Abortion Procedure Costs in Virginia
At AVA Care of Harrisonburg, we understand the difficulty of facing an unintended pregnancy. We believe that information empowers. We strive to provide you with objective pregnancy and sexual health education so you can make a confident and informed decision. If you are considering abortion, your first step is to learn more about your options.
ABORTION PILL COST
Medication abortion also called the abortion pill, can be taken up to 10 weeks of pregnancy. Prices for the abortion pill in Virginia can range from $400 – $600 depending on the provider and clinic location.
SUCTION ABORTION COST
Suction aspiration, also called suction curettage, or vacuum aspiration abortion, is performed between 5 to 12 weeks of pregnancy. The cost in Virginia starts around $575 on average.
D&E ABORTION COST
D&E abortion (dilation and evacuation procedure) is performed between 9-20 weeks of pregnancy. The typical cost for D&E abortion in Virginia starts at $640 and increases in price the further along you are in your pregnancy.
Medication abortion (also called the abortion pill or RU-486) can be taken up to 70 days (10 weeks pregnant) after the start of your last menstrual period.1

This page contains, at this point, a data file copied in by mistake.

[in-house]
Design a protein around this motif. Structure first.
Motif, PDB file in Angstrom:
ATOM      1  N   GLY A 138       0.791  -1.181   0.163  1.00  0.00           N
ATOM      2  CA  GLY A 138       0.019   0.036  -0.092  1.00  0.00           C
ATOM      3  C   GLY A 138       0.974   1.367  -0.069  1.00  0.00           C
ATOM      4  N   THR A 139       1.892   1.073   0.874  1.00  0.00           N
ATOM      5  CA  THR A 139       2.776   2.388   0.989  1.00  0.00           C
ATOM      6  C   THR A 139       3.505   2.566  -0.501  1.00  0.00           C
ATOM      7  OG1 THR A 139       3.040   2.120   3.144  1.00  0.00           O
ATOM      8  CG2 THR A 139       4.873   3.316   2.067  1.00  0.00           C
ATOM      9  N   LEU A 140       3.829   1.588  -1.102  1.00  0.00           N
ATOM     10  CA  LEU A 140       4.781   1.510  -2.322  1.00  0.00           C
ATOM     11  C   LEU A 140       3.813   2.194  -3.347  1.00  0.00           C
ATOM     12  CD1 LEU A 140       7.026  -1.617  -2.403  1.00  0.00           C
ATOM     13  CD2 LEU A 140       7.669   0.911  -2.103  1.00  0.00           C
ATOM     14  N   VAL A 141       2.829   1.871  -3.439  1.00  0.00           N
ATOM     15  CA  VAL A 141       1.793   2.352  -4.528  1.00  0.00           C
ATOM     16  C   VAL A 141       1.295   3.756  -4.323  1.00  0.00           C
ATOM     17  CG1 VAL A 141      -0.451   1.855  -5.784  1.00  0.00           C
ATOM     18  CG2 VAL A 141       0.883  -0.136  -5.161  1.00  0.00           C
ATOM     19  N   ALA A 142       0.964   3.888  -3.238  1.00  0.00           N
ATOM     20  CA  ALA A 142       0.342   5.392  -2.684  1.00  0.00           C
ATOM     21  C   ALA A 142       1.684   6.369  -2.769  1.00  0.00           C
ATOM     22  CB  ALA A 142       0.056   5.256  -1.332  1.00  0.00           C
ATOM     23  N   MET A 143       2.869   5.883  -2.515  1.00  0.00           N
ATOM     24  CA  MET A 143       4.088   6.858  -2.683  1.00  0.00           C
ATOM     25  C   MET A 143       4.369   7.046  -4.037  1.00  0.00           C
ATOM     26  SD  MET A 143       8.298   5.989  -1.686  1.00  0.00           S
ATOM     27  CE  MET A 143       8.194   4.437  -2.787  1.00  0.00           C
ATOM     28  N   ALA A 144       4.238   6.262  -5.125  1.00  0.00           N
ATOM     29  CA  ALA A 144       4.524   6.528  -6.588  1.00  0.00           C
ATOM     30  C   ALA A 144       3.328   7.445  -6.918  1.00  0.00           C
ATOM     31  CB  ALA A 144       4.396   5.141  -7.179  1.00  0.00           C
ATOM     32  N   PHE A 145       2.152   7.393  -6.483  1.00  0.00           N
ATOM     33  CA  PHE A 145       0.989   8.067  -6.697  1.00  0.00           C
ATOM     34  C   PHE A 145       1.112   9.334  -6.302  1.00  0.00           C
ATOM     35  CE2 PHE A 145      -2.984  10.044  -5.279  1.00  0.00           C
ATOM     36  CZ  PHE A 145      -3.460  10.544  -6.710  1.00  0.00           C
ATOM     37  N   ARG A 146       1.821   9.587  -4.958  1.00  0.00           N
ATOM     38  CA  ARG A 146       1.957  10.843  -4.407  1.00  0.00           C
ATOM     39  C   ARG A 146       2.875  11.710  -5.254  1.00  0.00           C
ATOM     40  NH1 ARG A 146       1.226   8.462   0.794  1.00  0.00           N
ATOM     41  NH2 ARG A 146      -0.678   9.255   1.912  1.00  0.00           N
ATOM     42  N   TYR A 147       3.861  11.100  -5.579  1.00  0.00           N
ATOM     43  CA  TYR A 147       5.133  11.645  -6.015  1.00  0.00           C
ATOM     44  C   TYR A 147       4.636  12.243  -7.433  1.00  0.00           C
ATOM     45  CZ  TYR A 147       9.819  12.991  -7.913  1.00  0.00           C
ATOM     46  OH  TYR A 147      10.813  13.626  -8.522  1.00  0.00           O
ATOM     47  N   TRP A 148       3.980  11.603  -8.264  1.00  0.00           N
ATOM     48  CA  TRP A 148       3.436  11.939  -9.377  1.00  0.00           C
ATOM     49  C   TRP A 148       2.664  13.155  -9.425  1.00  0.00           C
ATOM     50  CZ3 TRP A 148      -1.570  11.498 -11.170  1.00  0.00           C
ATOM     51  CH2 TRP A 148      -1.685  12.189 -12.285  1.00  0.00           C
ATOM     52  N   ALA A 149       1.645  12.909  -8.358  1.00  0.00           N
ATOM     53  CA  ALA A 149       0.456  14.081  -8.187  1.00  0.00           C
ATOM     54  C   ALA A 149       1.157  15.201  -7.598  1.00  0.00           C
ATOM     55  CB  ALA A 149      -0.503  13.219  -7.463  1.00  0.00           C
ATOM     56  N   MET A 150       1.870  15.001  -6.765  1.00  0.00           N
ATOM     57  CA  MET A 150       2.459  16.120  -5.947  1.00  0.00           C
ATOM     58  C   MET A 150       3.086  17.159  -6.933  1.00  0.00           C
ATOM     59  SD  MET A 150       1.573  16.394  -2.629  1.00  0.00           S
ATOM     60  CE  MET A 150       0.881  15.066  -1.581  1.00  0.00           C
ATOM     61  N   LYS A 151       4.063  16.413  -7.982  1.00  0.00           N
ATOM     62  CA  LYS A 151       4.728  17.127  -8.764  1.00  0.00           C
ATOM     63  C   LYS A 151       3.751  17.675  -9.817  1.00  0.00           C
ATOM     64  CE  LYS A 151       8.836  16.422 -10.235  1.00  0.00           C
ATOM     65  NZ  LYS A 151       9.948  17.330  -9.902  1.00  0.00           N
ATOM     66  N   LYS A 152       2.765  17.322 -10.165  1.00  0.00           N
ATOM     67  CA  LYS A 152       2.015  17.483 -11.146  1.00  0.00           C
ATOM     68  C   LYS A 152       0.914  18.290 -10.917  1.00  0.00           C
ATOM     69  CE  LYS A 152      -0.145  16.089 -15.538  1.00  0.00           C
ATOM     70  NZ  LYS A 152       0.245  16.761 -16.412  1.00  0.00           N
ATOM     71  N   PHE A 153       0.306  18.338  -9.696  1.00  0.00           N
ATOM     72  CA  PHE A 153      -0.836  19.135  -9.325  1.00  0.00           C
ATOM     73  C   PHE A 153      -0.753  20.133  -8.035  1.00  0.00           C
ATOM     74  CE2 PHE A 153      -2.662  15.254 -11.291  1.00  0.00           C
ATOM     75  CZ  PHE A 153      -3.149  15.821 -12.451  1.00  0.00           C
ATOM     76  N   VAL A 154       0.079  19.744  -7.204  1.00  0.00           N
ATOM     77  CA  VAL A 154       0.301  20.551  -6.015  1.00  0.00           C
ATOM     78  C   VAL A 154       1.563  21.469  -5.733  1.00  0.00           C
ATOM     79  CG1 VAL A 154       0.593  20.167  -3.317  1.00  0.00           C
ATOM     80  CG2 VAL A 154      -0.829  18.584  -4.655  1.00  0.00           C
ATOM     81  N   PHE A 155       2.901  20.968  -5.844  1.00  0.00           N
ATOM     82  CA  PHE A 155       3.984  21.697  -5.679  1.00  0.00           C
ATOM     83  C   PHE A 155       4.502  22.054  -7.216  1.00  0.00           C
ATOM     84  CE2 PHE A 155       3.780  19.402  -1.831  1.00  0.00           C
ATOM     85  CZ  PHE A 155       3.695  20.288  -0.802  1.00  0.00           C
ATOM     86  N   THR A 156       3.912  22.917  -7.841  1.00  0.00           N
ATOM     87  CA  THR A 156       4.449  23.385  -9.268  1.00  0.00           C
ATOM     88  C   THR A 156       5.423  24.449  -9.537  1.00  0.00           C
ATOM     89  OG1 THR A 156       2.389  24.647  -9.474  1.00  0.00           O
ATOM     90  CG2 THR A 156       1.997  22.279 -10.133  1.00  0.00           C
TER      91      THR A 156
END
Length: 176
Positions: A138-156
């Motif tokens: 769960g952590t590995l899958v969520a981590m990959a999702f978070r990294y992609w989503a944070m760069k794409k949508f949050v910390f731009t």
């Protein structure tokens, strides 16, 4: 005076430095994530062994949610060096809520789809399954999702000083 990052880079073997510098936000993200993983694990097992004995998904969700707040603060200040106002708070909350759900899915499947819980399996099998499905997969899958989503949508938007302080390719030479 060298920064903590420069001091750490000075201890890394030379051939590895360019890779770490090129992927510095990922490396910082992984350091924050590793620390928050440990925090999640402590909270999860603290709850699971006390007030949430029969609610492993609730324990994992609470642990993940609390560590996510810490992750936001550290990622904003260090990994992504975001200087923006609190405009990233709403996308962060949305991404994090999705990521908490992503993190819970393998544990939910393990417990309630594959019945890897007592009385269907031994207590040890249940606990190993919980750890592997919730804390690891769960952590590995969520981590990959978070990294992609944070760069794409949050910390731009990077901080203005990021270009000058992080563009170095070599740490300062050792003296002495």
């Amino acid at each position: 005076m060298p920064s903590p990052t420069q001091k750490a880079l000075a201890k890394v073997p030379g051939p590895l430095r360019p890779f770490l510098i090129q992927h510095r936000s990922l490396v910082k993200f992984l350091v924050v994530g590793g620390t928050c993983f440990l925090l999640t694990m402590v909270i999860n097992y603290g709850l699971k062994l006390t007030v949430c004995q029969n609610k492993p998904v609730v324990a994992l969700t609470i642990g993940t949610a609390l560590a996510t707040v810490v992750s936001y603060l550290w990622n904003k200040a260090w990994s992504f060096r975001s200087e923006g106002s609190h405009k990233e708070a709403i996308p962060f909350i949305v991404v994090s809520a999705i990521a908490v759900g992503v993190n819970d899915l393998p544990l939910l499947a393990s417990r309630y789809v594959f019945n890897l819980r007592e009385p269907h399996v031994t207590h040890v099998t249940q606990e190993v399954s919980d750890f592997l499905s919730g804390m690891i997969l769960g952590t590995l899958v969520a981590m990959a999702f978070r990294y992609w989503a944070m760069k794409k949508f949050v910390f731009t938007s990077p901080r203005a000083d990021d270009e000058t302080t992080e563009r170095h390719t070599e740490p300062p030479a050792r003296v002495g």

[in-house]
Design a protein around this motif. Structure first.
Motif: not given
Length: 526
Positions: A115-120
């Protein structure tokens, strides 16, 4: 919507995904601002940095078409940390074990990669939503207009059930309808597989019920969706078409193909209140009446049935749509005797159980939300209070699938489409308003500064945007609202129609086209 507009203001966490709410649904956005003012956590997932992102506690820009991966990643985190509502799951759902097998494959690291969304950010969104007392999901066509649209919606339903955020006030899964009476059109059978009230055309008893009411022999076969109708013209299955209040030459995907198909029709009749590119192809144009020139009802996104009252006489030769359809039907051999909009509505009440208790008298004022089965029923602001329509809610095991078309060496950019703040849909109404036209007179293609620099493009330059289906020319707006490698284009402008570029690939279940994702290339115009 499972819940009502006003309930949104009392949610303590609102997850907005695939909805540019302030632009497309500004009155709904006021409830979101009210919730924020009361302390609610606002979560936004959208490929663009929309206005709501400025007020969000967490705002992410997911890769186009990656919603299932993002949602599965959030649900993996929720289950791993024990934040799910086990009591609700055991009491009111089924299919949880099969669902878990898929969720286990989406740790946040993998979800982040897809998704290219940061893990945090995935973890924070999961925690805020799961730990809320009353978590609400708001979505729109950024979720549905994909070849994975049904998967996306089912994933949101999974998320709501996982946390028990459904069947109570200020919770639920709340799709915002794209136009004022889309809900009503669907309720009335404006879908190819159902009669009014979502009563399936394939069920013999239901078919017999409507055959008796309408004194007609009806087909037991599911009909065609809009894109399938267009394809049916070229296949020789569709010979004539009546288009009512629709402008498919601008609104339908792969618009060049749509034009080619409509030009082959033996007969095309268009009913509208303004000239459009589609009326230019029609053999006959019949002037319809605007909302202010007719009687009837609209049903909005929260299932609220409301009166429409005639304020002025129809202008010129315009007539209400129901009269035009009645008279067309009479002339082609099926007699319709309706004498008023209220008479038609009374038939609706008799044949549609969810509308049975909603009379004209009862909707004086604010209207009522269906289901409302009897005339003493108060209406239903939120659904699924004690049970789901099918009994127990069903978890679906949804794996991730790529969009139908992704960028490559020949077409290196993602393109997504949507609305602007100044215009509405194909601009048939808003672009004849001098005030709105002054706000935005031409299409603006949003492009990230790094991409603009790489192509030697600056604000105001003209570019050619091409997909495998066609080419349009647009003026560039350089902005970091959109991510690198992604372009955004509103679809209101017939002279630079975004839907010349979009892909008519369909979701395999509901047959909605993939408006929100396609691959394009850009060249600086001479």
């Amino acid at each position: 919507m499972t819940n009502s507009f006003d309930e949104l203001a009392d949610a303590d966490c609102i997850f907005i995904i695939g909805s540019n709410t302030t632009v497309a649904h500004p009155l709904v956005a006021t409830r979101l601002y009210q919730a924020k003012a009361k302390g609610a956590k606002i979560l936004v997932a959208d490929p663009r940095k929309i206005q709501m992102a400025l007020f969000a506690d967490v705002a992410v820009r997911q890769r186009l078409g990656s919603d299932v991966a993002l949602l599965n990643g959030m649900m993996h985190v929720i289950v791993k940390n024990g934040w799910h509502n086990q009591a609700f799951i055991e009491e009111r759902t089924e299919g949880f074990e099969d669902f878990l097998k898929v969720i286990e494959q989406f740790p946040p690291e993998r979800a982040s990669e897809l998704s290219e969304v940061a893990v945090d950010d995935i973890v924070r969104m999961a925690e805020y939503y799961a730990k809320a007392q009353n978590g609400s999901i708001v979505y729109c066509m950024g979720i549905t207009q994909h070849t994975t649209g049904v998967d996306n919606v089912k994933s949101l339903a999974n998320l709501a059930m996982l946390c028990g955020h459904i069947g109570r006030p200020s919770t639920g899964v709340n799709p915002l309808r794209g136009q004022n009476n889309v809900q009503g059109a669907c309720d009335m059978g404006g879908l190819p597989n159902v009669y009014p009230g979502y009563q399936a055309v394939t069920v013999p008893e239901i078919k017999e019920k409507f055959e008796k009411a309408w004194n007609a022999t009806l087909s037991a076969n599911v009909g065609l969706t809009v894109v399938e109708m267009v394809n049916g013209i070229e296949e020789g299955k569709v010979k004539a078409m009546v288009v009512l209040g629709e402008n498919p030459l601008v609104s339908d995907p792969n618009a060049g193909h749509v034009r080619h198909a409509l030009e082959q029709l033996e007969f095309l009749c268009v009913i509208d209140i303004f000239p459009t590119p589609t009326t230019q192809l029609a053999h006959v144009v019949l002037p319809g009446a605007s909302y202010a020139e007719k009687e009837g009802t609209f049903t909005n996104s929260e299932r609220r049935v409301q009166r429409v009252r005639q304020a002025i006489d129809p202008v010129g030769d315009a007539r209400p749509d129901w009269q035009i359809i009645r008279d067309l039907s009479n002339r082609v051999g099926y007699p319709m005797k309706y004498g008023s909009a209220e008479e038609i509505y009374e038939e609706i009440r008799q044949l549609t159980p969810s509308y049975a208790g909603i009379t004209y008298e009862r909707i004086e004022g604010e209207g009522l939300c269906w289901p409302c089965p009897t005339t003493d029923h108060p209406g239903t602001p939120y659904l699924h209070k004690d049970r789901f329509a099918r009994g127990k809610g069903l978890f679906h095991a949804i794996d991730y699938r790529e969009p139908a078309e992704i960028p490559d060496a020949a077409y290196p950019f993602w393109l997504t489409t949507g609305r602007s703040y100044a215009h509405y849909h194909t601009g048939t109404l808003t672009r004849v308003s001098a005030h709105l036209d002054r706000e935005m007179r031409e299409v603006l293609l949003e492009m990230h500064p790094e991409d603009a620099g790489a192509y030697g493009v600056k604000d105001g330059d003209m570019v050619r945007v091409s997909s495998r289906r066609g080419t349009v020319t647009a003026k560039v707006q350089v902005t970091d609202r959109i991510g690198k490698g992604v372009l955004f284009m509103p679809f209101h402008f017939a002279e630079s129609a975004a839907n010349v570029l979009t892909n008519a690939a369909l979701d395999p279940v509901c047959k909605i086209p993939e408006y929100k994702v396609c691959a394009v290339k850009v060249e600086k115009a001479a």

- It’s called RU-486 and was approved in 2000; it is also called a medical or chemical abortion.
- The pill is actually two drugs, mifepristone (MifeprexTM) and misoprostol (CytotecTM), taken in two separate doses.
- It is usually taken between 4-6 weeks but can be taken up to 10 weeks in most cases.
- It is not an option for women with certain medical conditions.
- The abortion pill is not the same as the emergency contraceptive, The Morning After Pill or Plan B One Step.
- The abortion pill can be reversed if action is taken after the first dose. More information available at abortionpillreversal.com or 877.558.0333.
Action – The first medication, Mifeprex blocks progesterone. Progesterone is a hormone that is necessary for the pregnancy to survive. Without progesterone, the embryo dies. The second medication, Misoprostol , causes cramping, expelling the embryo and uterine contents.2
Side effects – Cramping and bleeding are expected. Bleeding may be like a heavy period and can last 9 to 16 days, even possibly up to 30 days. Other possible side effects include nausea, vomiting, diarrhea, fever, chills, weakness, dizziness, and headache.3
Complications – Possible complications include heavy bleeding requiring surgery to stop the bleeding, and serious infection. Before taking any medication, you should discuss the risks with your doctor and know what do to if complications arise.4
Follow-up – It is important to follow-up with your doctor 1 to 2 weeks after taking this medication regimen to see if an abortion has occurred and to assess for complications.5
Surgical abortions are done by opening the cervix and inserting instruments into the uterus to suction, grasp, pull, and scrape the pregnancy out. The exact procedure is determined by the baby’s fetal development.